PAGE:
Whenever we use images of word clouds for our blog posts—like the one above, based on the DiSC i-style—the posts do very well with our readers and the images are frequently shared on Pinterest. But beyond providing colorful pops to posts, word clouds can offer some practical benefits to your business. In this post, colleague Kristeen Bullwinkle and I share some of our favorite creative uses.
What is a word cloud?
If you’re not already creating word clouds, you’ve no doubt seen them. Also known as a tag cloud or text cloud, a word cloud is a visual representation of text that’s based on the frequency with which a particular word appears. Paste some text into a word cloud generator (available free online; see our “tips” below) and the more frequently a word appears in the source data, the bigger it appears in your word cloud. Here’s a cloud based on Lincoln’s Gettysburg Address.
Though word cloud generators are not robust analytical tools, they do provide some very useful applications when you let yourself be creative. Here are four ways we put them to use.
1. Parse employee or customer feedback.
What was the biggest topic on users’ minds as they completed your survey? What words did employees use most often in their evaluations? What was trending in last month’s online customer comments? If you have access to data sources such as these, it’s an easy task to combine them into a text document, drop the copy into a generator and see what emerges. Review the resulting cloud with your team to discuss what high occurrences of words like “responsiveness” or “price” might indicate. Remember that clouds take words out of context, so a big, bold “SERVICE” in your cloud could indicate either “lousy” or “excellent.”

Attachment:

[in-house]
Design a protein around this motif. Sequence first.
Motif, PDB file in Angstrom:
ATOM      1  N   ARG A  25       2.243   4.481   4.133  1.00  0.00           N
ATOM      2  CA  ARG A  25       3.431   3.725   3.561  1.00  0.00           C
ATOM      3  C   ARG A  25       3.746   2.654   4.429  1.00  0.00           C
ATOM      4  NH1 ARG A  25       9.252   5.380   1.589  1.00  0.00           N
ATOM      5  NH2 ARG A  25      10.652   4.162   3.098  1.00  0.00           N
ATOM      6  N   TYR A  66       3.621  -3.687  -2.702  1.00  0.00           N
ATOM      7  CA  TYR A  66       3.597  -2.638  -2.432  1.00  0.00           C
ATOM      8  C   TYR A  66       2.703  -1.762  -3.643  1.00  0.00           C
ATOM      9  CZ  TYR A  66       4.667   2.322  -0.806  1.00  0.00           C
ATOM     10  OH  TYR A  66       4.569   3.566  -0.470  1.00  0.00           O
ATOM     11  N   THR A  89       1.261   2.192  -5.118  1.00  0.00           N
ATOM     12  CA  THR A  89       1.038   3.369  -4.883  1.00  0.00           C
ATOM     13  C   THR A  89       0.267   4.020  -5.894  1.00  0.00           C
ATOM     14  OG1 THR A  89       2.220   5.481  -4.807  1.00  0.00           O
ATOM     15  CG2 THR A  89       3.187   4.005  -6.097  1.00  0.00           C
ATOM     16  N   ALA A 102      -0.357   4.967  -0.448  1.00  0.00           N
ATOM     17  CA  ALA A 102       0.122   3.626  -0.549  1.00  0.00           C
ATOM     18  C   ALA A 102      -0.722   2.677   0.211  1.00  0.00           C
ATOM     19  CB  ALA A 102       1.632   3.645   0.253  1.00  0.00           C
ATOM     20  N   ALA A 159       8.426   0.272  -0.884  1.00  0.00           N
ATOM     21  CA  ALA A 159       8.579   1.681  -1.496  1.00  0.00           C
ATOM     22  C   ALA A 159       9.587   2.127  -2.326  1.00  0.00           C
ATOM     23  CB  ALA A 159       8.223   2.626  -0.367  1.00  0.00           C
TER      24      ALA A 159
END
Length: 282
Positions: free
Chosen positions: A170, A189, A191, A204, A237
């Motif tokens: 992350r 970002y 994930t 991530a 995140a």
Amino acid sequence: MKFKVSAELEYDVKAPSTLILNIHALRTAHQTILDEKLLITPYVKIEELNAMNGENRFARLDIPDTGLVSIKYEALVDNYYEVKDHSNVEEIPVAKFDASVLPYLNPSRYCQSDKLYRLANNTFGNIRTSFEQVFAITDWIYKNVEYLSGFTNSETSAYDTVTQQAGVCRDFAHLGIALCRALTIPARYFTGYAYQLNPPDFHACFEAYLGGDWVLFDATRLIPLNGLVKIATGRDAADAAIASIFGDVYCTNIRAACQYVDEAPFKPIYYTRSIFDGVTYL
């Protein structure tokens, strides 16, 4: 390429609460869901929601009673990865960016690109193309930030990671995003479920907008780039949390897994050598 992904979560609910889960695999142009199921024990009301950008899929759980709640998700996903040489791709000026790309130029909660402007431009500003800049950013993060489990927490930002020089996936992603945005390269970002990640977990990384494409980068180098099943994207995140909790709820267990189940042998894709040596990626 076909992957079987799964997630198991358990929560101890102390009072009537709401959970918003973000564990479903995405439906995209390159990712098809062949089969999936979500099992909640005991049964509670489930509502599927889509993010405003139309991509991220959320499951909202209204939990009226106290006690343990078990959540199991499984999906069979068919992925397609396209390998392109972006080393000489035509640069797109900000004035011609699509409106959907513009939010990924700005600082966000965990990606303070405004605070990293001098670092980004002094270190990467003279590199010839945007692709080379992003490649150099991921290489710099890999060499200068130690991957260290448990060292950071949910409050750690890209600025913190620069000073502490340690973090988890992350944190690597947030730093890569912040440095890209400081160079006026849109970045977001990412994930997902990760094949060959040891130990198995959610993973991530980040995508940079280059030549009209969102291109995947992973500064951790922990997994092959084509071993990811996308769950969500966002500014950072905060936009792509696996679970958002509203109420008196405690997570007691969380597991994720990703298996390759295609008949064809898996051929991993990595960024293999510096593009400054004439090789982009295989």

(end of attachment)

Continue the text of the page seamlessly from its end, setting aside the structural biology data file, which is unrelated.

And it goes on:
2. Check the effectiveness of your written communications.
What does your newsletter really say? What does your web content focus on? What words or terms do you rely on too heavily? Dropping a few pages of content into a generator is a great way to check recurring themes or terms and to improve your writing—both in terms of clarity and style.
3. Analyze and identify SEO terms.
Are the keywords you want to rank highly in online searches prominent or too overwhelming? Here’s one of Kristeen’s clouds for a webpage of the Everything DiSC Workplace site. Let’s say she wants the site to rank highly in online searches for the keywords “DiSC,” “workplace” and “communication.”
She’s fairly happy with the results but wonders about making the “Everything” in the Everything DiSC brand stronger. She’s glad to see words like “relationships,” “assessment” and “effective” appear, knowing that these words matter to her audience.
A webpage that gives an overview of DiSC, on the other hand, is rather heavy on the use of the word “DiSC.” It also appears to lack a strong central message.
Since there aren’t any other words that dominate nearly as much, Kristeen will edit the page to reflect more of the terms she wants people to associate with DiSC. Or since this is a long page of copy, she may create another word cloud that focuses only on the first three paragraphs and headings—those most likely to be read by people visiting the page.